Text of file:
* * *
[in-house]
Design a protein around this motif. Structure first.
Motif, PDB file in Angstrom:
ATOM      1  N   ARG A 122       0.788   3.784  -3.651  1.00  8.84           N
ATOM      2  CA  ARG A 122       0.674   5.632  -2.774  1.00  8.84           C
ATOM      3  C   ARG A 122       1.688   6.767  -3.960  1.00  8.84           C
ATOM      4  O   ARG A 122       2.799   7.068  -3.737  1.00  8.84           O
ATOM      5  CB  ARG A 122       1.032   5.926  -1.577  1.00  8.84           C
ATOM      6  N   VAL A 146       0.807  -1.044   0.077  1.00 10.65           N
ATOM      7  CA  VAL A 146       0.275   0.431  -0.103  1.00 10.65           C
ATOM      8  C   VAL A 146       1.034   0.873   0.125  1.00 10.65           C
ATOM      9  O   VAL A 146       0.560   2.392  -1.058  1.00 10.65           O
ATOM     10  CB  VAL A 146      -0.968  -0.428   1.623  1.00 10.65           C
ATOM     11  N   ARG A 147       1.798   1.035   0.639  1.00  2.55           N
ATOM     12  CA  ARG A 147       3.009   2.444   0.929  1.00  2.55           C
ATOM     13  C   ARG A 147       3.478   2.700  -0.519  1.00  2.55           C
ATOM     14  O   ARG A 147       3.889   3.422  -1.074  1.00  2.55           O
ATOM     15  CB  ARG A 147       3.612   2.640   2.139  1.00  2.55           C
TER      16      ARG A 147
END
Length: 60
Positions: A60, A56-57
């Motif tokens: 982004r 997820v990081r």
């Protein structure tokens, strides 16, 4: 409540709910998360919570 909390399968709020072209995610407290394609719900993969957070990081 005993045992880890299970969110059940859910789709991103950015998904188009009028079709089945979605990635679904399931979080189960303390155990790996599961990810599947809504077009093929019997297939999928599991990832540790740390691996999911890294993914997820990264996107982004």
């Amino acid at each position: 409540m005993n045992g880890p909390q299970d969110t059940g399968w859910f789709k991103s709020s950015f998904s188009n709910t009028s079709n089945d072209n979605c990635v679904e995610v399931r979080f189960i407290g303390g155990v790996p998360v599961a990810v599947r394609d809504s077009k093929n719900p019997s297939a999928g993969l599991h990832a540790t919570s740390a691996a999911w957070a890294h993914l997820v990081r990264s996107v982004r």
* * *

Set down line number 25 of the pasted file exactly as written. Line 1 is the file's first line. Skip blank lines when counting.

């Amino acid at each position: 409540m005993n045992g880890p909390q299970d969110t059940g399968w859910f789709k991103s709020s950015f998904s188009n709910t009028s079709n089945d072209n979605c990635v679904e995610v399931r979080f189960i407290g303390g155990v790996p998360v599961a990810v599947r394609d809504s077009k093929n719900p019997s297939a999928g993969l599991h990832a540790t919570s740390a691996a999911w957070a890294h993914l997820v990081r990264s996107v982004r």